Officials in Rockport assessing damage as they are able

Damage at Rockport High School's volleyball gym. (via Storm chaser)
Damage at Rockport High School's volleyball gym. (via Storm chaser)

ROCKPORT, Texas (AP) — Emergency personnel in Aransas County, Texas, are assessing damage reports from Hurricane Harvey as they are able.

Rockport Volunteer Fire Department spokeswoman Gillian Cox tells the Corpus Christi Caller-Times that the roof of Rockport’s high school has partially caved in. But Cox says social media posts that the school has “disappeared” are inaccurate.

As of 3 a.m., the RVFD posted on Facebook stating everyone with the volunteer fire department is okay. The agency says they’ve correlated their lists of people requesting rescues and made sure everyone is on the list with their request. “They will take those in order of urgency as soon as they are able to safely get the trucks on the road!” said the post.

Rockport City Manager Kevin Carruth tells the newspaper that the courthouse in the city about 30 miles (48 kilometers) northeast of Corpus Christi also has sustained major damage. Carruth says that a cargo trailer is halfway in the building. Multiple people have also been taken to the county’s jail for assessment and treatment after the roof of a senior housing complex collapsed.

Officials about 10 miles (16 kilometers) away in Aransas Pass say the Harbor Master Building along its coast has been destroyed. The Aransas Pass Police Department posted a video on its Facebook page of the building folding up from the high speed winds.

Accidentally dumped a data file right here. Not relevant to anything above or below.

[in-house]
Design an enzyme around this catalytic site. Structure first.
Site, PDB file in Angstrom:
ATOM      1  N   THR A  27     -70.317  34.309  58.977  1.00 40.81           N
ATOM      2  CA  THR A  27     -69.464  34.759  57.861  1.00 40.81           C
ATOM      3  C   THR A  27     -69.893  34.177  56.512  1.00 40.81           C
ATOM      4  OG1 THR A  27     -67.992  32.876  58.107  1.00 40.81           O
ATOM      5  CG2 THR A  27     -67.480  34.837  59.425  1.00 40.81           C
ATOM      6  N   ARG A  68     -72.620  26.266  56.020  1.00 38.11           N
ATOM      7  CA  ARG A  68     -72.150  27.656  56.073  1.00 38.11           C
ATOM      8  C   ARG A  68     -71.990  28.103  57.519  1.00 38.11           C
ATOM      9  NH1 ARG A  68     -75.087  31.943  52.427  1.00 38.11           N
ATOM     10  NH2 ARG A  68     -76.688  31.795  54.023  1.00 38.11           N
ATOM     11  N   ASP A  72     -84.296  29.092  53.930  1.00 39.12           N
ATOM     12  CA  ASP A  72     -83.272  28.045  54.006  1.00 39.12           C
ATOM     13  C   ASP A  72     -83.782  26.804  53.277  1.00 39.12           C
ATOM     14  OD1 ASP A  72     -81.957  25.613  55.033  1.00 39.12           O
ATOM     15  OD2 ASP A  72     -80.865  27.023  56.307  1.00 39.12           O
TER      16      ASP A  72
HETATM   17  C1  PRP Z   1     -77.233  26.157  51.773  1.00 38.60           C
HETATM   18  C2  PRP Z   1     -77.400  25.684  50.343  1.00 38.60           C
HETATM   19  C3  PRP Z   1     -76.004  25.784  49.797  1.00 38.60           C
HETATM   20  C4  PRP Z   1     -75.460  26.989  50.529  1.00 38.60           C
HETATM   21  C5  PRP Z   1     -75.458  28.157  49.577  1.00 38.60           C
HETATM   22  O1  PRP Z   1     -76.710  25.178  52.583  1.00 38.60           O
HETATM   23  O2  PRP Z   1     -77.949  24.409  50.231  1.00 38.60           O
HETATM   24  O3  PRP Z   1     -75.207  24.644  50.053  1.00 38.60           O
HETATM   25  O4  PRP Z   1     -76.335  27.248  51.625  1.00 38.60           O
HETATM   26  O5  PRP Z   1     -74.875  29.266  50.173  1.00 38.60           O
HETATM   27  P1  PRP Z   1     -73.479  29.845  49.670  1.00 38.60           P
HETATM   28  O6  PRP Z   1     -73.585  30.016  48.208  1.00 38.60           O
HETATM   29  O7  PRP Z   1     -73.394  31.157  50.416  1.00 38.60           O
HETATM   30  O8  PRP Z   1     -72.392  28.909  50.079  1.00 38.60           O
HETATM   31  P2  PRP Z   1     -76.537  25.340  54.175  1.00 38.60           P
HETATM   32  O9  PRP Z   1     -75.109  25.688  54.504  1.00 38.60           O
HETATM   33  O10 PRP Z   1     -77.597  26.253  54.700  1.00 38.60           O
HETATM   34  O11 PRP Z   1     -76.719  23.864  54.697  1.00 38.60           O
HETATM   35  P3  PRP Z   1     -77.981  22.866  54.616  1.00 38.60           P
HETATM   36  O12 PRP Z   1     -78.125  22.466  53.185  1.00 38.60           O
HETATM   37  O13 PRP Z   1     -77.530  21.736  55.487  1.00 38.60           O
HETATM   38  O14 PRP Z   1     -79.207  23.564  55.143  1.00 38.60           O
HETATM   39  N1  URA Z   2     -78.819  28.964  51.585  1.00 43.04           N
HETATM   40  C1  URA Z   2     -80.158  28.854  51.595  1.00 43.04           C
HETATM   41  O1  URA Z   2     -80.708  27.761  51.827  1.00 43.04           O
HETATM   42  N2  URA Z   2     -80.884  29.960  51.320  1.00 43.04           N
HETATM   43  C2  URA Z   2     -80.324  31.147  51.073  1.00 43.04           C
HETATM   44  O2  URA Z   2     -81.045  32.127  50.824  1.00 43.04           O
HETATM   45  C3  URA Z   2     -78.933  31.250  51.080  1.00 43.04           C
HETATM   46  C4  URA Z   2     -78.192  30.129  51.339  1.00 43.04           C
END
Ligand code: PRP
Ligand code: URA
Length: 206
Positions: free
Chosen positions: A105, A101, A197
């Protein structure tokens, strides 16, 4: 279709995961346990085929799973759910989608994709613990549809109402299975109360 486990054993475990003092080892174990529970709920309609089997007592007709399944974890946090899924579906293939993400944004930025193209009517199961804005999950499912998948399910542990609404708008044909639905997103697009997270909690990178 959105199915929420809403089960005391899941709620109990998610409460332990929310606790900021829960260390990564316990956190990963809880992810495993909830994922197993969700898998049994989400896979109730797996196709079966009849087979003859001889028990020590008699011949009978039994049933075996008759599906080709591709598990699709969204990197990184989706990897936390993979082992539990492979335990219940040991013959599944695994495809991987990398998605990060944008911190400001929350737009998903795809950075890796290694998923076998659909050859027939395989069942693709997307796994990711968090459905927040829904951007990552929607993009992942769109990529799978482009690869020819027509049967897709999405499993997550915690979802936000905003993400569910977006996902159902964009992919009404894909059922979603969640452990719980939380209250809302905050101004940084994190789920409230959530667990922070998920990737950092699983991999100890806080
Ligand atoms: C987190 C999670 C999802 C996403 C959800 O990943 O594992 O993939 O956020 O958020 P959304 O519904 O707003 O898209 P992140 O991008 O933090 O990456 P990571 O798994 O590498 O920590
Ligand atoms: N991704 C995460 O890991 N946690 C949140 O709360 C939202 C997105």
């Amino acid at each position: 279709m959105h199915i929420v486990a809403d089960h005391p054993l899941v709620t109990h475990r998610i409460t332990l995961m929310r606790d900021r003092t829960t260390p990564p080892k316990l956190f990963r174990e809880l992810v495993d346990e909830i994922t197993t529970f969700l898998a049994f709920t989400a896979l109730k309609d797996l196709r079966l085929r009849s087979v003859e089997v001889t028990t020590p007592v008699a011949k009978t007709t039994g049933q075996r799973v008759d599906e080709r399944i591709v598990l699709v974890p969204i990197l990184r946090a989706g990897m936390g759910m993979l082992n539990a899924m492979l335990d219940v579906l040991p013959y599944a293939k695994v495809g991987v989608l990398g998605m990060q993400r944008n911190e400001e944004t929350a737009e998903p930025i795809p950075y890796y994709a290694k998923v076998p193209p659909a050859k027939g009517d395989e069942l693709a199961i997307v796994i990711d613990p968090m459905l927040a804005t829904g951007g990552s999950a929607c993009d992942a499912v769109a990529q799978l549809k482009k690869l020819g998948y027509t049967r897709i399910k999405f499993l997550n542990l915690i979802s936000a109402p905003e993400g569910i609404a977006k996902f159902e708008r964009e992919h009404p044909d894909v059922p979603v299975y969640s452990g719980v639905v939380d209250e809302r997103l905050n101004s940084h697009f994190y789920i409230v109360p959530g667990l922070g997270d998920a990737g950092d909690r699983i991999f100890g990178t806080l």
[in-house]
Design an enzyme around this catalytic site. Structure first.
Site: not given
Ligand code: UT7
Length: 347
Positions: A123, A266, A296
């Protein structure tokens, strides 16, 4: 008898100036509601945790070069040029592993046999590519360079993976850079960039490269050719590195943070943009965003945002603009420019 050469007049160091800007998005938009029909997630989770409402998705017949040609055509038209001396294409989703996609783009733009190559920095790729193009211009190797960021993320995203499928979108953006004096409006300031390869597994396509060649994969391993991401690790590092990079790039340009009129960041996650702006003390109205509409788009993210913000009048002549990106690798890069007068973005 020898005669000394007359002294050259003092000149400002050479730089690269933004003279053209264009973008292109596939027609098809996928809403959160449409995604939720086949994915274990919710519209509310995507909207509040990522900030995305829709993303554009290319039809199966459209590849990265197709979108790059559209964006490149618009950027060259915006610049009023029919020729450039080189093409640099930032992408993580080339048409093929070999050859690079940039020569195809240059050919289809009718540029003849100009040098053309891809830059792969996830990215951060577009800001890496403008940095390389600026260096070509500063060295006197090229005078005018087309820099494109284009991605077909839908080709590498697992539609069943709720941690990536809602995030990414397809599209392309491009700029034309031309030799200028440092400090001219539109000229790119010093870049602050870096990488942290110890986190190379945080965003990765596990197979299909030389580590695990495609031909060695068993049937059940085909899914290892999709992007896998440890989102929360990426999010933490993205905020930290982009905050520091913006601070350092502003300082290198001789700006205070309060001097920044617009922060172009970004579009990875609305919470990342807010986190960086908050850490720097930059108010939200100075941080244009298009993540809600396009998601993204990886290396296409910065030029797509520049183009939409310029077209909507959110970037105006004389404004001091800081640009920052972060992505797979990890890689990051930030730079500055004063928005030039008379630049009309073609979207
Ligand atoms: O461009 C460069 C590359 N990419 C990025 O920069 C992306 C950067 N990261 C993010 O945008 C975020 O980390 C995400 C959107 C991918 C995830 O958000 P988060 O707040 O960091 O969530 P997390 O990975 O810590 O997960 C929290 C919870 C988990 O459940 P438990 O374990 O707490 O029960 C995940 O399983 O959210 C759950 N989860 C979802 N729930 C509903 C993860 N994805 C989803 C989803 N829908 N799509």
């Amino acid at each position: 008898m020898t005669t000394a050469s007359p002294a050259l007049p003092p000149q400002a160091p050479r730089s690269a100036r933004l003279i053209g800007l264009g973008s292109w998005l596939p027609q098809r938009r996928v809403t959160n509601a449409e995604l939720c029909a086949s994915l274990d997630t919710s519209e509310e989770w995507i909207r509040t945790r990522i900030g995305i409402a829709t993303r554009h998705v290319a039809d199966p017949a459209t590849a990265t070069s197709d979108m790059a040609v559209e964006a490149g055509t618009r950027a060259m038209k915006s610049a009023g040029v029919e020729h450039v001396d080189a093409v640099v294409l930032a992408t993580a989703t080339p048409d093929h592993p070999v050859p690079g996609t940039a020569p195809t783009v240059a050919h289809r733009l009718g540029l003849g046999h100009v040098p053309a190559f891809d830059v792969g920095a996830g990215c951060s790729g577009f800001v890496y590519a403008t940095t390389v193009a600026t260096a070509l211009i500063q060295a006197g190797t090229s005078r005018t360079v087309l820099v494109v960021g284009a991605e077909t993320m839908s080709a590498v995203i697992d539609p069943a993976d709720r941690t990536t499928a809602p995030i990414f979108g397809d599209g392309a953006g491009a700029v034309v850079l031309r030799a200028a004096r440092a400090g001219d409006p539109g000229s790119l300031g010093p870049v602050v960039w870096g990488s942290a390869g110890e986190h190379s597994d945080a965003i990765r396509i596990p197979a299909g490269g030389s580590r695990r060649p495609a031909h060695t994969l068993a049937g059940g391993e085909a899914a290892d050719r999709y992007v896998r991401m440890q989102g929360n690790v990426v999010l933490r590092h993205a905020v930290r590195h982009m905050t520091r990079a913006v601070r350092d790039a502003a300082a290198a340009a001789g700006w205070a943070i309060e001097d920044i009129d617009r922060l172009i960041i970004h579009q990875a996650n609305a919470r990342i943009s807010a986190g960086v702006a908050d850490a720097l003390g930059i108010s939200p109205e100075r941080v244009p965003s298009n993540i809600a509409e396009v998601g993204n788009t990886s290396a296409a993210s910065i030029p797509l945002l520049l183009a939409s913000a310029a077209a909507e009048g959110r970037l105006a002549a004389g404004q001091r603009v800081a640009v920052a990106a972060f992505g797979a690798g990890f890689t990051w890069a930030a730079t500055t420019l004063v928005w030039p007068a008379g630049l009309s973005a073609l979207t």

KIII-TV reports that 10 people have been treated in Rockport since Hurricane Harvey slammed into the Gulf Coast city Friday night. The Associated Press was unable to reach an operator at the Aransas County Detention Center in Rockport just after midnight.

The National Hurricane Center says the eye of the Category 4 hurricane made landfall about 10 p.m. Friday about 30 miles east-northeast of Corpus Christi between Port Aransas and Port O’Connor, Texas, bringing with it 130 mph (209 kph) sustained winds and flooding rains.

The storm quickly grew Thursday from a tropical depression into a Category 1 hurricane, and then developed into a Category 2 storm early Friday. By Friday afternoon, it had become a Category 3 storm before strengthening to a Category 4. Harvey is the first Category 4 hurricane to hit the Texas coast since Hurricane Carla in 1961.

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